A Chittiki's First Caravan

Take care, my little jewel, and remember... stay alert, but trust your mount.
— Chittiki father to his child as she departs for her First Caravan journey
The Sandrunner Folk of the Chittiki like to celebrate. They have feasts to mark the embarkations of their caravans across the desert from the Warrens to the enclave of the Elves. They have feasts that mark the successful returns of these caravans - regardless of the profits or losses achieved. Families have feasts to celebrate the arrivals of new litters, and feasts to send off children who decide find their fortune somewhere other than the desert routes of the Sandrunners. But of all these, feasts, the one every Sandrunner remembers is the feast that marks the completion of their First Caravan - their passage from childhood to adulthood within the Sandrunner society.
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The Sandrunner Culture goes back far into the Chittiki past. Of course the Caravan routes for trading with the small Elven enclaves in the Basin's western forests were much easier then. The terrain that is now arid desert was grasslands dotted with small forests in the time just after the Chittiki were Awakened in the Warrens. Both Elves and Dwarves of the Delve now called the Sandhold were eager partners willing to trade goods to the Chittiki in exchange for the exquisite gems and semiprecious stones they gathered from the hills and mountains around the Warrens. The very term "Sandrunner" did not exist; the Chittiki who chose a life of traveling by large beast between the Warrens and their trading partners in the west were simply "Fartrader Chittiki".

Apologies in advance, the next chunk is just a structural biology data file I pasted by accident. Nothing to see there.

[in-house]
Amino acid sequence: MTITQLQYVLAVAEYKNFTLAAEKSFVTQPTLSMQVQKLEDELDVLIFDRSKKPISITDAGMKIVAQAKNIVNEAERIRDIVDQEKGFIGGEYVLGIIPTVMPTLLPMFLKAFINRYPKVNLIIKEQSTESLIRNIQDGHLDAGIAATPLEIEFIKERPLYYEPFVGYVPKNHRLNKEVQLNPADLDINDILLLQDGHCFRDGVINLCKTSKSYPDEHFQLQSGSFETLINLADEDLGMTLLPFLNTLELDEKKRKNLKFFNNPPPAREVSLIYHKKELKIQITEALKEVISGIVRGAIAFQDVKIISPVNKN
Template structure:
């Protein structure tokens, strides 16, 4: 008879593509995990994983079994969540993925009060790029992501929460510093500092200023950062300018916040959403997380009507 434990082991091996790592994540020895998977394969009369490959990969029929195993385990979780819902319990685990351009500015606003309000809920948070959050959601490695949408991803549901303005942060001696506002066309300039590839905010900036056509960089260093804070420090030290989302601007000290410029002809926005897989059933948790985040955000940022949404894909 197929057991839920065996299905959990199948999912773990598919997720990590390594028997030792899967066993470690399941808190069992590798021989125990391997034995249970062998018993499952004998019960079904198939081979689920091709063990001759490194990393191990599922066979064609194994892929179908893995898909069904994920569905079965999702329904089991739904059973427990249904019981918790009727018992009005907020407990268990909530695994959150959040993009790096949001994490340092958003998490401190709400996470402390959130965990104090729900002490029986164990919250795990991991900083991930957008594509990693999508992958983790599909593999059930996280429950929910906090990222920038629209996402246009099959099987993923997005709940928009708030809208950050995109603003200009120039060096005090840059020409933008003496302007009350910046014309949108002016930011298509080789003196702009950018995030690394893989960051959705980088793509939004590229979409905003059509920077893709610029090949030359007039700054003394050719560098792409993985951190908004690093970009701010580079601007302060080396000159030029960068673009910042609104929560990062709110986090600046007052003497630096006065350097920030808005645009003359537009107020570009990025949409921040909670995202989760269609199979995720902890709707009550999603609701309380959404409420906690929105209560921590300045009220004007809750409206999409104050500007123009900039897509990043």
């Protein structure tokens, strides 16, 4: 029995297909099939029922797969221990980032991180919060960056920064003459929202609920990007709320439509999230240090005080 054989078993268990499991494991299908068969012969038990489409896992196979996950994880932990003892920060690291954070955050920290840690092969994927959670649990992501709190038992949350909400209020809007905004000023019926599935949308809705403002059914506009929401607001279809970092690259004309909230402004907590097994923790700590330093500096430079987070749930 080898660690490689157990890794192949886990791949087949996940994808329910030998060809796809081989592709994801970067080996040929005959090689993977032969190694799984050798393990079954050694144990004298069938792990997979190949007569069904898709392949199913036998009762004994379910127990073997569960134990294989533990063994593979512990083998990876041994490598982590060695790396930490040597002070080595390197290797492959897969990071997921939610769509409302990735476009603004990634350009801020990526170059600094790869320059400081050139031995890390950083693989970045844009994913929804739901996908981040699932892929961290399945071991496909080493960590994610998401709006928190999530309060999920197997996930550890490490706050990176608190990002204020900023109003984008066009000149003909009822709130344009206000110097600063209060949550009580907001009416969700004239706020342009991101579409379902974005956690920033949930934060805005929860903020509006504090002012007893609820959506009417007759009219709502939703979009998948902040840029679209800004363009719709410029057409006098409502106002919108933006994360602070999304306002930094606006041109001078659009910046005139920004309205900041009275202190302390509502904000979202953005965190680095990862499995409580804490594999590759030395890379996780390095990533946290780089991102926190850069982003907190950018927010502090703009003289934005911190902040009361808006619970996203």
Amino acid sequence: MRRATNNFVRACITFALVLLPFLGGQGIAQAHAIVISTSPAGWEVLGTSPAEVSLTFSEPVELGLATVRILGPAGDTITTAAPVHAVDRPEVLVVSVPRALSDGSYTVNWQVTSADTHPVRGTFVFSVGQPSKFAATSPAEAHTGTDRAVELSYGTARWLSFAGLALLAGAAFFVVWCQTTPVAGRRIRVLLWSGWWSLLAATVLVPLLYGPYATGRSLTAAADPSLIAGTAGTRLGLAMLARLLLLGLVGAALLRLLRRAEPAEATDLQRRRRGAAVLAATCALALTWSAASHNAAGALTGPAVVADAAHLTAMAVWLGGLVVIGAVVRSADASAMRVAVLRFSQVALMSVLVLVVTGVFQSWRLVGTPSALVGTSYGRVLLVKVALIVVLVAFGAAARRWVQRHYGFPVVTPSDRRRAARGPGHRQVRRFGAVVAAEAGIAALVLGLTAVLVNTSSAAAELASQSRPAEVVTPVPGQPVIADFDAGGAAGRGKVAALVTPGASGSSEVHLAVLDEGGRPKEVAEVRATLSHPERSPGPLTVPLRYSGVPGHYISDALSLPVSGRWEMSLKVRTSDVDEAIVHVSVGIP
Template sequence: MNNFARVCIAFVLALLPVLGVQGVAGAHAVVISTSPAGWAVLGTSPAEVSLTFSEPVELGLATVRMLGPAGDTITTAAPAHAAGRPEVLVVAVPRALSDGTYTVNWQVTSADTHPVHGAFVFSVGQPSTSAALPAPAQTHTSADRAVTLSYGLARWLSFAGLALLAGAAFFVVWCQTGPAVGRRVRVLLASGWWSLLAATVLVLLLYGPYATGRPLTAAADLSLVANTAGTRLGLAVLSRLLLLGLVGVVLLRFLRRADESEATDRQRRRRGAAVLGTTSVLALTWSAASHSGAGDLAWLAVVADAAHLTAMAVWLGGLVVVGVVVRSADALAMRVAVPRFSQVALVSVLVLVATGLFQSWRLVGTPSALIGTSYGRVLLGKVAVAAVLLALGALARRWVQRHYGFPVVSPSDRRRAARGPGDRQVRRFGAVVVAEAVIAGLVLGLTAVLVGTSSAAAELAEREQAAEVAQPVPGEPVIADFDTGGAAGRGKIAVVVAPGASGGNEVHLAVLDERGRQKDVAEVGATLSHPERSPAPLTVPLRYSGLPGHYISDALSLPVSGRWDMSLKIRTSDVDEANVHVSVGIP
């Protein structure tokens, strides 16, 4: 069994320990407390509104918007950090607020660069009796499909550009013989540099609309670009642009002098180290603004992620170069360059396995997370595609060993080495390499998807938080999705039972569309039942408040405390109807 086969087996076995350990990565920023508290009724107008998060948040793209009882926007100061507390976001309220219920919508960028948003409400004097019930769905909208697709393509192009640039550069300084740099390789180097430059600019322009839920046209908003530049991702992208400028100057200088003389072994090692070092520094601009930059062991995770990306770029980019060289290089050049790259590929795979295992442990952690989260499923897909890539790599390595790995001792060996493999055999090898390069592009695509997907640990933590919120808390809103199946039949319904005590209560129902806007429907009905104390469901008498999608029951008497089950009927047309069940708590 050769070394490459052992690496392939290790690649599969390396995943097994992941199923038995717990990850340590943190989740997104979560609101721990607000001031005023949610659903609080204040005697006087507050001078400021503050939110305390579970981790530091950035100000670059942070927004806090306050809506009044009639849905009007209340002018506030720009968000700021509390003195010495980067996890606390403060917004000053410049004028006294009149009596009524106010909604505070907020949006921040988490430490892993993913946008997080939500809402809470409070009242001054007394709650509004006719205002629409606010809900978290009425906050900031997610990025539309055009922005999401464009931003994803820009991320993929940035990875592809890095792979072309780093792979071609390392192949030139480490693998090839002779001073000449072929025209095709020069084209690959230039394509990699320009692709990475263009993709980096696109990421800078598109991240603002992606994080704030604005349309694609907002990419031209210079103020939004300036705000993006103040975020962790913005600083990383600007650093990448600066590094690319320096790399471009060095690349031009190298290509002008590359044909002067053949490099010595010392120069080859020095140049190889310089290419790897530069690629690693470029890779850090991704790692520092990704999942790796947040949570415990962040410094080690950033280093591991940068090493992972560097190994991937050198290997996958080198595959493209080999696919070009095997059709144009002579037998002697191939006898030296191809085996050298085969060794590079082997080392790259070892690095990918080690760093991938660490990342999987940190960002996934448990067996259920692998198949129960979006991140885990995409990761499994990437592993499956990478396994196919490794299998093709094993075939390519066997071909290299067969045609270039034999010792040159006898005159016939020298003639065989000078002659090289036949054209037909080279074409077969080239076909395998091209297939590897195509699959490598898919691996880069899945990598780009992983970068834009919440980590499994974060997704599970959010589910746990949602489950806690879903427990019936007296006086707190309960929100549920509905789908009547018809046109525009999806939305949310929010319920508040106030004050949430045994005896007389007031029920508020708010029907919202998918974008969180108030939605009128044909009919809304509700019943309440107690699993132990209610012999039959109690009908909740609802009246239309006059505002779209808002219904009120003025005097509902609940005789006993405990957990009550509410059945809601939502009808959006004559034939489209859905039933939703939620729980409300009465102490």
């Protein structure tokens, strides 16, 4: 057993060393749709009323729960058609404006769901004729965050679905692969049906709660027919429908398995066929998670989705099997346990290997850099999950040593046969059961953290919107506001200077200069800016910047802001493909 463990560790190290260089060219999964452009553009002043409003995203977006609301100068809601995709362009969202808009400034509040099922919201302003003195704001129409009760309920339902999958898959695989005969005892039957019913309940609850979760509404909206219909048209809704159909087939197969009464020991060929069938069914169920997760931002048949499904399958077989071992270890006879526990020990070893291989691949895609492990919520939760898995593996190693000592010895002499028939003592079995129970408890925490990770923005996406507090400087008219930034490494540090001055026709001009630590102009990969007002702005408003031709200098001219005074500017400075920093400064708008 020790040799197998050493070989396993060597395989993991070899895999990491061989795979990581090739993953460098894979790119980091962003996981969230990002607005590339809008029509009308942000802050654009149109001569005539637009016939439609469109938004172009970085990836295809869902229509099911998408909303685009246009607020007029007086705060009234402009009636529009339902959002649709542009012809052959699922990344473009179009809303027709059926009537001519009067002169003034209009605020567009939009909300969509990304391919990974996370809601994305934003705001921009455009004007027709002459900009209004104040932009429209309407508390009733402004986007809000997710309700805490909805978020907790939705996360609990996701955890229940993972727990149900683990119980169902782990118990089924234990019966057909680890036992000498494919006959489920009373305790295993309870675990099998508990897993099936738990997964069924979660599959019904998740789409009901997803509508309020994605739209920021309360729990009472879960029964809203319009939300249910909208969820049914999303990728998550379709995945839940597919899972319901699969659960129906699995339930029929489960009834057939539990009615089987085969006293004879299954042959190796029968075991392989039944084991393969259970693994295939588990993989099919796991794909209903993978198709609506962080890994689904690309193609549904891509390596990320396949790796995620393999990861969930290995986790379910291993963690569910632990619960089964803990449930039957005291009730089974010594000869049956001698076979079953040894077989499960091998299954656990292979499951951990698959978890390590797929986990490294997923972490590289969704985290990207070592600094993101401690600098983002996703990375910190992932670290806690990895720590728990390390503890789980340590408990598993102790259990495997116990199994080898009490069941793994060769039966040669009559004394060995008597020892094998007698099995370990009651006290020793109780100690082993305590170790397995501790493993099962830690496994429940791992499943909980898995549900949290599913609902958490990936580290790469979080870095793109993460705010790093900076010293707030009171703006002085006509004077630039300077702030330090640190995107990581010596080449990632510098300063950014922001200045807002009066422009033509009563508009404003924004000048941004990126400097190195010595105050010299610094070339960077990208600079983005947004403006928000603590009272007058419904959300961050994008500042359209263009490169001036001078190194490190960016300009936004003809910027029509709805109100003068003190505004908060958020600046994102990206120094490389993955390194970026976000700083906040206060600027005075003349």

The The Great Strife changed all that. The deserts of the northern basin overran the grasslands of the south. The basin lake became poisonous. The beasts the Sandrunners used to carry themselves and their goods across the grasslands died out. And the elves with which they traded disappeared. (The Chittiki did not know whether they left, or died off, or just mysteriously disappeared.)

But the Chittiki carried on. The Fartraders learned to domesticate the Sandrunner Lizards that came down from the north with the desert's encroachment. These beasts became both mount and pack animal - and gave the culture its new name. The Caravan Journeys themselves were far more dangerous. This meant that departures were more notable, for they could be the last a family saw of its trading members. Successful returns became something worth celebrating. And the time for a child to become an adult by actively managing a beast on the journey and performing the bartering to provide for their family became an event worth marking as well.